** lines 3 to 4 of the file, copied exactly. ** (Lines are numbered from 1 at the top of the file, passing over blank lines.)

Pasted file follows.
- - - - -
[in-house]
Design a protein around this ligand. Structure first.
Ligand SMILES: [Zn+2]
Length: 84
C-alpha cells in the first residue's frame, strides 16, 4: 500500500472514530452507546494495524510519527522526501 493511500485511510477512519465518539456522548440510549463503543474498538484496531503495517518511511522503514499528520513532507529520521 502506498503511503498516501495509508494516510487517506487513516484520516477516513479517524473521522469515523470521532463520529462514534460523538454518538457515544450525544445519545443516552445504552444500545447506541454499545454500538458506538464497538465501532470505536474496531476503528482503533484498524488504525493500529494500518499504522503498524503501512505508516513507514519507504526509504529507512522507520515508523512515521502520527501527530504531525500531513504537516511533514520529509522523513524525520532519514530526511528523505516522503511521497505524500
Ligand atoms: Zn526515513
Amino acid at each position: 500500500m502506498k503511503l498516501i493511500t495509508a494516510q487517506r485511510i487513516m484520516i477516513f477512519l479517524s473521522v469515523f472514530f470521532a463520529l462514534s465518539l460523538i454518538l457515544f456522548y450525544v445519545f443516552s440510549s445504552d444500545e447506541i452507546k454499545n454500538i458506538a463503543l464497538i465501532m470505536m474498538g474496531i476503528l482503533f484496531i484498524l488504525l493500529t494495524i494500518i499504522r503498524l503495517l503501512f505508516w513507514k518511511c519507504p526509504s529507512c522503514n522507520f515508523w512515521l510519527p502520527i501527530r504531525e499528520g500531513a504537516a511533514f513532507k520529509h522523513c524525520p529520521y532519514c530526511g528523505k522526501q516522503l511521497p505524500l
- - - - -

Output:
Ligand SMILES: [Zn+2]
Length: 84